Thursday, March 6, 2008

Restaurant Vikárka

"Thieves respect property. They merely wish the property to become their property that they may more perfectly respect it."

-G.K. Chesterton
You've survived a forced march over uneven, cobblestone roads. You've stormed the castle and viewed Prague from its ramparts.

Then, after a long day on thin rations, there's an attack.

The hunger.

You've heard the warnings from traveling troubadours: Danger lurks outside the historic walls of Hradčany.

Legions of rogue restaurants lie in wait. You face the very real possibility they will treat you like a serf, serve up glorified gruel, and levy charges for each crust of bread you eat. Or didn't eat.

Short of self-defenestration, how can you avoid this terrible fate?

It is a prime tourist zone I rarely visit myself, so even I struggle to answer this question.

But I recently visited a restaurant that had good food, a good atmosphere, a little bit of history, and very little highway robbery.

Best of all, it is within the walls of Prague Castle.

I'm talking about Restaurant Vikárka (The Vicarage).The buildings on this spot had many uses over the centuries, including as alchemist workshops and as stables.

But in recent decades, it's been a restaurant. It underwent a renovation in 2005.

The entrance is right next to St. Vitus's Cathedral and there is a lovely view from there.Inside the restaurant, there are a number of bigger and smaller dining areas. It was pretty busy.We were happy to walk in and find a table.

I ordered the hovězí svíčková (195 CZK), which is one of my favorite traditional Czech meals. It is roast beef (often overcooked) in a cream sauce with bread dumplings and some cranberry sauce.I really love the cream sauce, and this was a very good version. It is made with pureed root vegetables, beef stock, bacon, and cream (or sour cream).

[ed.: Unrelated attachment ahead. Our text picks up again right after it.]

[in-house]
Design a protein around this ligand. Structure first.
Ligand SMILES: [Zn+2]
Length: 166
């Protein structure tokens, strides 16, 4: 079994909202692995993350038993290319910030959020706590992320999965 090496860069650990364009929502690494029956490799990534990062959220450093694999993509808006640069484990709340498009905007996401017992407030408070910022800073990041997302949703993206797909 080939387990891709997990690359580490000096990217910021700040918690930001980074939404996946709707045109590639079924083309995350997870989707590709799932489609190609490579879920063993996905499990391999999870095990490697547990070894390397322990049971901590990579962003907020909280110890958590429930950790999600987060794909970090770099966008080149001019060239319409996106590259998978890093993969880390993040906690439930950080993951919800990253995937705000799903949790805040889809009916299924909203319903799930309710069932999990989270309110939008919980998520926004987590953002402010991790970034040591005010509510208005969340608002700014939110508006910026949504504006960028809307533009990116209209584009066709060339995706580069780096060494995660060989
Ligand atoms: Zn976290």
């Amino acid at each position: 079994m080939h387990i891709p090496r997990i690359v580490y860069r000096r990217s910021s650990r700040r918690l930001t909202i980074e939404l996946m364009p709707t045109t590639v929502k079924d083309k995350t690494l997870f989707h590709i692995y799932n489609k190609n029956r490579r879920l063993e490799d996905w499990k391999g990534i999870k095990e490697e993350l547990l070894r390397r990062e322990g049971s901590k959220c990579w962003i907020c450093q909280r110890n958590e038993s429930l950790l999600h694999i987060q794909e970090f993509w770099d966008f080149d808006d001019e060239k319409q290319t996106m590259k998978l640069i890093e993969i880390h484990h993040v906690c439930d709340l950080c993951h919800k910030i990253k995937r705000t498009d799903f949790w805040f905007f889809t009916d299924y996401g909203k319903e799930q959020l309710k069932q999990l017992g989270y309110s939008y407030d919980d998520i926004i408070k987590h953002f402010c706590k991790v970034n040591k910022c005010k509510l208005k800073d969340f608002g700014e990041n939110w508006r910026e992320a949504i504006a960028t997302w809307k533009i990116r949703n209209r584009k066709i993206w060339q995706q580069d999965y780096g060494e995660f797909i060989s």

There's more to it if you want to see a full recipe.

This version was a sweet, creamy, tangy and I couldn't get enough of it. I soaked up every last bit with my dumplings.

For some perspective, hovězí svíčková costs 169 CZK at the great Pilsner pub, U Pinkasů, near Wenceslas Square.

V had potato gnocchi in a mushroom cream sauce (180 CZK). The quality gnocchi themselves were nothing to write home about. The lighter, fluffier gnocchi at Kogo are certainly superior (and more expensive).But again, the sauce was great. The flavor of the mushrooms was strong and earthy. Overall, it was heavy, thick, satisfying comfort food that warmed me up nicely on a cold day.

I had a . 4 liter glass of Krušovice dark beer (60 CZK). That's very steep. Krušovice is OK, but not a great beer. The price elsewhere is less than half what Vikárka charges.

They did have Pilsner Urquell, but it was 80 CZK for a .33 liter serving. Crazy. At U Vejvodů in the center of Prague, a half-liter of Pilsner draft is only 30 CZK.

When I mentioned "highway robbery" earlier, the beer was what I was talking about.

As for the rest of the menu, soups were 50-60 CZK, and starters and salads were 85-180 CZK.

If you want to loosen the purse strings on the main courses, there was a steak for 425 CZK, lamb cutlets with marjoram sauce for 450 CZK, and grilled salmon for 320 CZK. I'd never eaten here before, so I can't vouch for the quality of the other offerings.

They had a small children's menu with a fried chicken cutlet, fish fingers, or spaghetti. We had no problem with the service.

One of the benefits of the location: There are very nice views of the castle walls from some windows. Cannons once stood in the same location a few hundred years ago.